An H-2A rocket carrying an Ibuki-2 greenhouse gas observation satellite was launched Monday from the Tanegashima Space Center in southwestern Japan, successfully putting the satellite into its planned orbit.
By 2021, the UAE aims to lift its space program to the next level by launching a Mars mission.
The UAE launched its first satellite, DubaiSat1, into space in 2009.
The rocket also carried KhalifaSat, an earth observation satellite developed by the Mohammed bin Rashid Space Centre in the United Arab Emirates.
Millions witnessed the live launch of KhalifaSat from Japan's Tanegashima Space Centre, reflecting the strong bonds of partnership between the UAE and nations across the world, with the aim to ensure safety, peace and security for humanity.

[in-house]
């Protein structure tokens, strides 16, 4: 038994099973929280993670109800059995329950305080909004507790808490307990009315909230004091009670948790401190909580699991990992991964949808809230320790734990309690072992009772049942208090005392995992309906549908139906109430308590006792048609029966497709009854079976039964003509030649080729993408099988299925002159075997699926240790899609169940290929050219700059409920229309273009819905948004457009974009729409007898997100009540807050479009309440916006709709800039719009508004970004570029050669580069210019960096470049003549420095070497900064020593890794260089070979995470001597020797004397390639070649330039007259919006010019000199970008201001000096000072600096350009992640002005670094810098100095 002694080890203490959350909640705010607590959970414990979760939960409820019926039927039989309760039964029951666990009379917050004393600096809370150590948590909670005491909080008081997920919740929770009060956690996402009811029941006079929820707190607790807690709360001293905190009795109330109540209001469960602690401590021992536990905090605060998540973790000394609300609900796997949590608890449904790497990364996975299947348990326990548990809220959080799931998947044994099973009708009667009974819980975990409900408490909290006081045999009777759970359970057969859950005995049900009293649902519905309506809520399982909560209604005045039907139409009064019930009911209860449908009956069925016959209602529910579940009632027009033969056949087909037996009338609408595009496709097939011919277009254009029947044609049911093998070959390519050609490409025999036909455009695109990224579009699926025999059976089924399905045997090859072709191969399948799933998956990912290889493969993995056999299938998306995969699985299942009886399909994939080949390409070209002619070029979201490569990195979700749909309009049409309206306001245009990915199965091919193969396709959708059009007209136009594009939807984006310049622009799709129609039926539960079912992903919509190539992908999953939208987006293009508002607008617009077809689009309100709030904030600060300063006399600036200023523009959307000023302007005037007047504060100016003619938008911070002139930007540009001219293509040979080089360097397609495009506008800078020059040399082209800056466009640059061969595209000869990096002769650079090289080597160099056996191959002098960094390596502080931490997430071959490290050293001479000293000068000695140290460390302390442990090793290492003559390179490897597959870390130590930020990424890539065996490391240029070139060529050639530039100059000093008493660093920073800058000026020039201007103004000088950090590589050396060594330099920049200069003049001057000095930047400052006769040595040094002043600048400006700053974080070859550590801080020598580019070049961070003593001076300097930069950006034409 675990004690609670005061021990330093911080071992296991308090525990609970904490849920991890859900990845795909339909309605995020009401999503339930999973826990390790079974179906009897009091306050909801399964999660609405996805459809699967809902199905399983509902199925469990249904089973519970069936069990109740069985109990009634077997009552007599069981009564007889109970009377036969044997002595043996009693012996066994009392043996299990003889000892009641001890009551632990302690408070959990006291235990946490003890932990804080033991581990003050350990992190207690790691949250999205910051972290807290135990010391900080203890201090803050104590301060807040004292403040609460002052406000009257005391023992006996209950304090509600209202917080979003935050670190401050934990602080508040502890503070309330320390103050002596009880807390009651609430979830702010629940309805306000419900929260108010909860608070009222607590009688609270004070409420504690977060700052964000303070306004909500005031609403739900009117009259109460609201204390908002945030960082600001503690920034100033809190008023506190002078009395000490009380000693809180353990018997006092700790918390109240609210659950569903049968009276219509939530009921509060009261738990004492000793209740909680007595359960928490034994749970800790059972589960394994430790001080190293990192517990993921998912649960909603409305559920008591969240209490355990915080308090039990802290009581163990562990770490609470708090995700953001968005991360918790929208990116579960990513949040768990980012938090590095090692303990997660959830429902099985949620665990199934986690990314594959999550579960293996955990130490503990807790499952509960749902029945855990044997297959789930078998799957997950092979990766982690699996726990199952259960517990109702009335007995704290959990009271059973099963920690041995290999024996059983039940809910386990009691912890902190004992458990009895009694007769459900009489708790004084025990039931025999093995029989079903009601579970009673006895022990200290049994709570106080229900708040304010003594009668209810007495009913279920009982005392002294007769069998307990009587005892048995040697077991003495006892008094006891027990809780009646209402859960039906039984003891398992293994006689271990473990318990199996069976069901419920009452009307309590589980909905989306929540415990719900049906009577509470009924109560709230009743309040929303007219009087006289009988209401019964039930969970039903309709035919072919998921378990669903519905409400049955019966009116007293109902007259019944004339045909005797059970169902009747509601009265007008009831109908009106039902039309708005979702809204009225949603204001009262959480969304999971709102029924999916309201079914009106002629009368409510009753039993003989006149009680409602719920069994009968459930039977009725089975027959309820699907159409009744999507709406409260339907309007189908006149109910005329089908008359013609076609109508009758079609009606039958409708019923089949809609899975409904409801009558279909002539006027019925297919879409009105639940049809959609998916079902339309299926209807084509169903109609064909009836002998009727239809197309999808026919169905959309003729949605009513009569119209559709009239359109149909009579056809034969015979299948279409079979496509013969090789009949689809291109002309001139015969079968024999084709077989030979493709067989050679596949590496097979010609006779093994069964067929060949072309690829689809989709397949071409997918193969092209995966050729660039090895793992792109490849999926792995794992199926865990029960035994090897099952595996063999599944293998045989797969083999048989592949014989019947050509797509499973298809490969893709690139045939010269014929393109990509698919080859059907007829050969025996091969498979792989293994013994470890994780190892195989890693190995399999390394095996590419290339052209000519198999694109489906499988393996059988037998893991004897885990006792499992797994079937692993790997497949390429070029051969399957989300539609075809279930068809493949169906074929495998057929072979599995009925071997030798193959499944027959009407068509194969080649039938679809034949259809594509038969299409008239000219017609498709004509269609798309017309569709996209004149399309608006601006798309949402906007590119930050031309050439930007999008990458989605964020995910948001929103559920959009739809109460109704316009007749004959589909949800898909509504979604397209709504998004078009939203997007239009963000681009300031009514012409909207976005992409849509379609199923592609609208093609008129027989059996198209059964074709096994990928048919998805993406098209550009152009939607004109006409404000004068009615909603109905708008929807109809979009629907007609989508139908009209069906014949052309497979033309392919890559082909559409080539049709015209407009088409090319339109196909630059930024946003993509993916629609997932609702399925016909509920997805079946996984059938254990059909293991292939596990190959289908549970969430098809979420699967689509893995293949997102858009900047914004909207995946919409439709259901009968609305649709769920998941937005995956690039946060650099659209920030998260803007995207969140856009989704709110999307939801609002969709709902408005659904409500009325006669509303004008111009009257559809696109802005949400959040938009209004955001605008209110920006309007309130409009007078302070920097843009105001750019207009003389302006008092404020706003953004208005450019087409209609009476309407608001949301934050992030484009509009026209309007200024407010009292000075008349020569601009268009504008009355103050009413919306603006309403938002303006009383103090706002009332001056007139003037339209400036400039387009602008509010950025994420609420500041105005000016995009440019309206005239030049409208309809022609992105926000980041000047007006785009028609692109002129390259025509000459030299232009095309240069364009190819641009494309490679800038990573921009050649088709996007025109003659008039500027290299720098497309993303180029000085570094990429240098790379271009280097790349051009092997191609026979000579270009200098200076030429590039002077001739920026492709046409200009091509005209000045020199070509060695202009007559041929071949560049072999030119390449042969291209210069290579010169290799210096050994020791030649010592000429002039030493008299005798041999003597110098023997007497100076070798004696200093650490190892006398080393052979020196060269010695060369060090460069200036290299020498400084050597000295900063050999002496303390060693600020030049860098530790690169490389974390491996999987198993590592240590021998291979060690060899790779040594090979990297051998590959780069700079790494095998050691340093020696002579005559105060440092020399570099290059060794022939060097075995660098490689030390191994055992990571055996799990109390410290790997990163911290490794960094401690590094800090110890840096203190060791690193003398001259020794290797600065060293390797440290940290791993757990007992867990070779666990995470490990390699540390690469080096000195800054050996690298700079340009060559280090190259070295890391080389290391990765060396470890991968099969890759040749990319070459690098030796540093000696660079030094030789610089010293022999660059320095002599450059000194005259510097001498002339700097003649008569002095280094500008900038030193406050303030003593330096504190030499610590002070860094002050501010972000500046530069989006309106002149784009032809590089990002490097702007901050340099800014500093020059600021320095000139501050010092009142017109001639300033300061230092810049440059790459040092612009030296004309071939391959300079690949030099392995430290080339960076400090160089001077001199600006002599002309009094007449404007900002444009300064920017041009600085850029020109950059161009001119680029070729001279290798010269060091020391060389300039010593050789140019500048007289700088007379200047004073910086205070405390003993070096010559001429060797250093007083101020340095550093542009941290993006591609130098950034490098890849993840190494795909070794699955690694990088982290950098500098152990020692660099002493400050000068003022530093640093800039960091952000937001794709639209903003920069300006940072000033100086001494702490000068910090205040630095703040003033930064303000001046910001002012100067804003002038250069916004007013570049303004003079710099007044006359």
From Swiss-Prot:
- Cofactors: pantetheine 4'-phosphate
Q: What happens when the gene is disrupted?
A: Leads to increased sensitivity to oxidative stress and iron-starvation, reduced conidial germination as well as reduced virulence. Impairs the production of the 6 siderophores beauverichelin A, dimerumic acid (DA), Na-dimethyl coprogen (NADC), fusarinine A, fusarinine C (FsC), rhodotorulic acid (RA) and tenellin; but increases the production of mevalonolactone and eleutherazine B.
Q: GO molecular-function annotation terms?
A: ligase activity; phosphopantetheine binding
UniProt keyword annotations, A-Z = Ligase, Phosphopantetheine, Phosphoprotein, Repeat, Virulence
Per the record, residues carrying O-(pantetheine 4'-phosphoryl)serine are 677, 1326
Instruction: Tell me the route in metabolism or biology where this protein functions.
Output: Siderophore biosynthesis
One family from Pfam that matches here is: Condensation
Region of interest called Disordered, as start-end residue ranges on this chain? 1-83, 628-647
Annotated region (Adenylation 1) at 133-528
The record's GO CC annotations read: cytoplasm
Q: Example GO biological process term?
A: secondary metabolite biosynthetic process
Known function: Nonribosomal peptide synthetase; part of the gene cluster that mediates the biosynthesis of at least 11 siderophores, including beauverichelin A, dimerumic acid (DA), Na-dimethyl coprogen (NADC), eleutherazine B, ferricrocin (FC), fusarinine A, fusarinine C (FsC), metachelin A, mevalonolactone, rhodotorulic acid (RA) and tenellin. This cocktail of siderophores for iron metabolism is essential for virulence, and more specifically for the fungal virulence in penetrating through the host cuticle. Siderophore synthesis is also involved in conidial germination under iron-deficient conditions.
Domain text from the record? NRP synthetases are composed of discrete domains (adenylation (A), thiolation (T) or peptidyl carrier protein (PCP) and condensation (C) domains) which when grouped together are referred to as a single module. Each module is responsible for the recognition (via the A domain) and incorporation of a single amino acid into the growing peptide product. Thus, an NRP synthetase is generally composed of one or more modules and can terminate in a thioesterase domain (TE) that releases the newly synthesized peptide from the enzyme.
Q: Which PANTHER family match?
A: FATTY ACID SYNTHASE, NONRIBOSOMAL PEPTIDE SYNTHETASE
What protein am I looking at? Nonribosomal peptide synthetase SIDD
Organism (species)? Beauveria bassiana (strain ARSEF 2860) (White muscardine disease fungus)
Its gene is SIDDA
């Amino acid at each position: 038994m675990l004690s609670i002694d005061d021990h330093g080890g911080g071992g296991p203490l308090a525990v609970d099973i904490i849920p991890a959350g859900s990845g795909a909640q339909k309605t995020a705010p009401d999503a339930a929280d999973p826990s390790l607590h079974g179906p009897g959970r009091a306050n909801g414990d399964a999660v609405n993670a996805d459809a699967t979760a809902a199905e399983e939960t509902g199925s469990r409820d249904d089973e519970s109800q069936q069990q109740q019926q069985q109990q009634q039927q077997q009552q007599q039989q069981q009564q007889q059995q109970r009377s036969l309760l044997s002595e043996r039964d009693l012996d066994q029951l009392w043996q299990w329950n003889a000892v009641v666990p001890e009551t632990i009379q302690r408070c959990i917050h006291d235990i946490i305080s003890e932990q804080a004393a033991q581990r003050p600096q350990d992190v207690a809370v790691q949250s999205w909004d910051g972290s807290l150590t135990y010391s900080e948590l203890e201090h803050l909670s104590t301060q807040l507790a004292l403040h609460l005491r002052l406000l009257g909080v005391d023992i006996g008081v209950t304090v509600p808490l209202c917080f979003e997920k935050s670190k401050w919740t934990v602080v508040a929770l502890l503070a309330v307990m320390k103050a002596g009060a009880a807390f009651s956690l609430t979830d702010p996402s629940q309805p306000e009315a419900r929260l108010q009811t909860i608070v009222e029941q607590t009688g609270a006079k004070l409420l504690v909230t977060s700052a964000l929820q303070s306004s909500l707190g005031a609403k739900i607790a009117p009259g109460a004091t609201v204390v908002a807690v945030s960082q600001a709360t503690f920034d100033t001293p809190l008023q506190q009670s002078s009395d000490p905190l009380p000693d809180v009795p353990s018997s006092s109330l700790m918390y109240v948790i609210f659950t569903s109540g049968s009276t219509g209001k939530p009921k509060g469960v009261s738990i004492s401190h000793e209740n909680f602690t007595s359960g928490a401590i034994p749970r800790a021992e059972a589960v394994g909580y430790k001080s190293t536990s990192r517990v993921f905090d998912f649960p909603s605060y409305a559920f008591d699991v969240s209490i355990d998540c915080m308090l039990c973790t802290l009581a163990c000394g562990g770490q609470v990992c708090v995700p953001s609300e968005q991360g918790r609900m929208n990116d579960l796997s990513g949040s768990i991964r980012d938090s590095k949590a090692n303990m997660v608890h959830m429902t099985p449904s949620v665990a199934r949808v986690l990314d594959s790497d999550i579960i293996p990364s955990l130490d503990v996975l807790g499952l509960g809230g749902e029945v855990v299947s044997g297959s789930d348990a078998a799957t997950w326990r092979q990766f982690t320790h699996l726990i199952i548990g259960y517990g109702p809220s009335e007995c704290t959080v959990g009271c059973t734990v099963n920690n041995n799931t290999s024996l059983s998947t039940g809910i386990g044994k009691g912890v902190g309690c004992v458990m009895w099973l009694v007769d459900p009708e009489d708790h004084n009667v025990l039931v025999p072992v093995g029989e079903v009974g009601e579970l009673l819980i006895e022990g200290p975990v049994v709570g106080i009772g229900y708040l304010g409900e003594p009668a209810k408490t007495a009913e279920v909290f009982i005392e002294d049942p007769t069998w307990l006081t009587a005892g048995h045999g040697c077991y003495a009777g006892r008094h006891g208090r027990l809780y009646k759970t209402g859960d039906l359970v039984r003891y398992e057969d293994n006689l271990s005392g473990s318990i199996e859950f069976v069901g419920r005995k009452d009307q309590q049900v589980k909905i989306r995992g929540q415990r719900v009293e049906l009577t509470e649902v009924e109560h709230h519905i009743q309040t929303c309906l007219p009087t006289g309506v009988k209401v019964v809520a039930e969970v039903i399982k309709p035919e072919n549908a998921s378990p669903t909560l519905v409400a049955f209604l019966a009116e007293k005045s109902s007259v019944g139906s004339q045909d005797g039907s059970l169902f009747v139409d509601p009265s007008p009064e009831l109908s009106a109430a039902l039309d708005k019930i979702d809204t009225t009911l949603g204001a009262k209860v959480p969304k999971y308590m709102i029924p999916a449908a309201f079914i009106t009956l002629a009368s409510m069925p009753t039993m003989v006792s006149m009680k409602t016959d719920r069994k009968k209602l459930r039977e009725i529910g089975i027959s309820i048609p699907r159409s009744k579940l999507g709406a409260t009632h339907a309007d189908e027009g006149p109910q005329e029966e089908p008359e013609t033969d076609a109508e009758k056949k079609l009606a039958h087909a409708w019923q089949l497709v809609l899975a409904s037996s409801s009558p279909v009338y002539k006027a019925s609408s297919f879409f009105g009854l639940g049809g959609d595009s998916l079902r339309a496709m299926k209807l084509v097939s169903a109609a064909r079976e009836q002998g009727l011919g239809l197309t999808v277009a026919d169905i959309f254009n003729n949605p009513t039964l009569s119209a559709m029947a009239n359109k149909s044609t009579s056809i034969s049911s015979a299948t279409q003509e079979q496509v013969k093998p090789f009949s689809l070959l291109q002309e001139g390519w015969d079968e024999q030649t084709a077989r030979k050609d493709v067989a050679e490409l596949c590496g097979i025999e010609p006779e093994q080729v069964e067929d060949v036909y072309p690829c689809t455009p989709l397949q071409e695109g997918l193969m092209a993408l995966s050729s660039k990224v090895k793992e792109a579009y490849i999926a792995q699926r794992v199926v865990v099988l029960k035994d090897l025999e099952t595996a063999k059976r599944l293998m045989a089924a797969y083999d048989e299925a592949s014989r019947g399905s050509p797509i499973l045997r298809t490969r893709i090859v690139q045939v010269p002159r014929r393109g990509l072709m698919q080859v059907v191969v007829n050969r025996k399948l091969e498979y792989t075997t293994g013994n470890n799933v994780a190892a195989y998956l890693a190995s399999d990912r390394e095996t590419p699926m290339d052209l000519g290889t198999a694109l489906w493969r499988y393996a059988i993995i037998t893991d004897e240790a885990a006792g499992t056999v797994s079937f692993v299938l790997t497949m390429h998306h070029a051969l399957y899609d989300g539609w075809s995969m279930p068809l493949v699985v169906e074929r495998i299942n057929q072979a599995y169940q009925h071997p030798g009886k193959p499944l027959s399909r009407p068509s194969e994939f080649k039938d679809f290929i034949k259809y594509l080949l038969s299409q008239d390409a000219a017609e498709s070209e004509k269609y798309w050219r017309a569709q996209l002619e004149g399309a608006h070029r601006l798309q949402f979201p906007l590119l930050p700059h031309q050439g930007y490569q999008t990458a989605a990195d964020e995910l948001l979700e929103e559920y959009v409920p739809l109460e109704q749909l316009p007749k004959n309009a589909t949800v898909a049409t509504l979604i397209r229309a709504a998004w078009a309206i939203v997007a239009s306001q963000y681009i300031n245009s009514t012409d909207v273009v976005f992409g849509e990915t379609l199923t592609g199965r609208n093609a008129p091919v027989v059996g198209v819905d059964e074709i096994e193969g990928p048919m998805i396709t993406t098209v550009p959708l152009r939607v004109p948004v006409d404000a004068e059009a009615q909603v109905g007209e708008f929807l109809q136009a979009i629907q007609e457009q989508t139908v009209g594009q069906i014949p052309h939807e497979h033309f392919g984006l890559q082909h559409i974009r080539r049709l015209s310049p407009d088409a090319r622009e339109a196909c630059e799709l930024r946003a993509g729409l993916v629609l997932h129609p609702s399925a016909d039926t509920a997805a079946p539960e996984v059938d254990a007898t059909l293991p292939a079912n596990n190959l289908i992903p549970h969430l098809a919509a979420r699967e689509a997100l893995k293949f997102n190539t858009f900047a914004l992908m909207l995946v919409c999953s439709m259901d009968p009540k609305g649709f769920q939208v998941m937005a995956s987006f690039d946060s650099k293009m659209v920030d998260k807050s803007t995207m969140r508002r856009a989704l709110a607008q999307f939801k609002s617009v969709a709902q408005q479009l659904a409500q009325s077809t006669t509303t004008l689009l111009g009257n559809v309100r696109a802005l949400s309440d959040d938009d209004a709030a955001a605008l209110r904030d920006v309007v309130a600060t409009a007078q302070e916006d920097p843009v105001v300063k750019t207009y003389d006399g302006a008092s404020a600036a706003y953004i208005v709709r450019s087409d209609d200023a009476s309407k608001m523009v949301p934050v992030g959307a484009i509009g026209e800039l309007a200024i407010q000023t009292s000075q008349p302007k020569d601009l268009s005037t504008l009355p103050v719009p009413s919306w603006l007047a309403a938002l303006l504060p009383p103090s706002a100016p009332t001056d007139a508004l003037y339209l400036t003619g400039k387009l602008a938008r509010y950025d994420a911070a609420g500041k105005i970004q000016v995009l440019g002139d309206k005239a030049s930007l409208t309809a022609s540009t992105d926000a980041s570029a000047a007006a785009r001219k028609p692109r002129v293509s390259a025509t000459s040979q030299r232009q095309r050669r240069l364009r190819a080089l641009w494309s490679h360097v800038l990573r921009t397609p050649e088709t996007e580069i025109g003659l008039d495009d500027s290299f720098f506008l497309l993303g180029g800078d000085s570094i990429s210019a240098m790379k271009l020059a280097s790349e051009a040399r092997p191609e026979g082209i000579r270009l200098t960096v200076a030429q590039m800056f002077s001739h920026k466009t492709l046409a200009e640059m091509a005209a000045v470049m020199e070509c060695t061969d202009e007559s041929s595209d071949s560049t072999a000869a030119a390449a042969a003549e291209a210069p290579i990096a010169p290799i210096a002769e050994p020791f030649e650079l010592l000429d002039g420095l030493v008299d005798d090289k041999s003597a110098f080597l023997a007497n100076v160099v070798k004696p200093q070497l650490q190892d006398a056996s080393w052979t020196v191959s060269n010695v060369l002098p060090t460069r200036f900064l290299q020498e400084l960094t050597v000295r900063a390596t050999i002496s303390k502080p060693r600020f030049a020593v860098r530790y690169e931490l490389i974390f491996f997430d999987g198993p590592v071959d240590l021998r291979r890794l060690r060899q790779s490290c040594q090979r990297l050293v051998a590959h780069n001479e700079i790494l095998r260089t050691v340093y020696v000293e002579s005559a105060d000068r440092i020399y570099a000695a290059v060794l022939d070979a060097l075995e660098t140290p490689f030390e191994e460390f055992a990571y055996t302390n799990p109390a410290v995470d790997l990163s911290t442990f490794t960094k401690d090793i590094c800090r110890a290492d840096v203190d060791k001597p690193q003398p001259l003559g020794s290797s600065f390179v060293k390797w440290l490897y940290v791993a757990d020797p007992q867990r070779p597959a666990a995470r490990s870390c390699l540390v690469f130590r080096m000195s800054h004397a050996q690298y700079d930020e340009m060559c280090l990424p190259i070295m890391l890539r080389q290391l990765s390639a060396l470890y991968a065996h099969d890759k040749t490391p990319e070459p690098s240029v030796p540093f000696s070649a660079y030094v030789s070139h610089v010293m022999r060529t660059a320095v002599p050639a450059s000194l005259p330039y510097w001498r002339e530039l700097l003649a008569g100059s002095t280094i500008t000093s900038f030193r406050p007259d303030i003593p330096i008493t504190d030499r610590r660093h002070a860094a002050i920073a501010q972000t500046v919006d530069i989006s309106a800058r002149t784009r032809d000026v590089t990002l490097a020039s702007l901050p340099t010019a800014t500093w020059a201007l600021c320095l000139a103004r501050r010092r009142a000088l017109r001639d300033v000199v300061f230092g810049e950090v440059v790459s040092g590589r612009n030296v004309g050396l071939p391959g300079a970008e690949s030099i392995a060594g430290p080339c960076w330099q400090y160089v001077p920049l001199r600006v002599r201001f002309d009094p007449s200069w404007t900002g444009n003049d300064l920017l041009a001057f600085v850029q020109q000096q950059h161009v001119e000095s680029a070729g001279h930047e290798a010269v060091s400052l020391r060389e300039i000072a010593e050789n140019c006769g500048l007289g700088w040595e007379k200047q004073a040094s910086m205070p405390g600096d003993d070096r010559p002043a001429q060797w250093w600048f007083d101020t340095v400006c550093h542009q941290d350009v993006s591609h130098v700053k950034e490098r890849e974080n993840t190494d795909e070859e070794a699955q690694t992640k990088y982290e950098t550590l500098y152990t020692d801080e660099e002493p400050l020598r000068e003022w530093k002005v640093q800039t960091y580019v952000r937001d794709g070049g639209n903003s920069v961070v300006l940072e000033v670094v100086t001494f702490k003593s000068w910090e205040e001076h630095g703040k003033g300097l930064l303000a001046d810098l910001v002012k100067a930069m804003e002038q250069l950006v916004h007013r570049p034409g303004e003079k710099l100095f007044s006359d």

KhalifaSat has been equipped with technologically advanced remote-sensing observation satellites, with five patents registered.
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The satellite will also monitor environmental changes locally and internationally to support global efforts to preserve the environment.
KhalifaSat was third UAE satellite to be launched into space, after DubaiSat-1 and DubaiSat-2.
One is a JAXA spacecraft created to monitor greenhouse gases, called the Greenhouse gases Observing SATellite-2, or GOSAT-2.
The development of KhalifaSat forms part of MBRSC's long-term strategy in the UAE, to encourage innovation, stimulate technological progress, promote sustainable development, and create a generation of Emirati scientists and engineers who will contribute to the achievement of a scientific renaissance and take the initiative to launch ambitious space projects over the next few decades.
The country aims to send its first two astronauts to the International Space Station in 2019.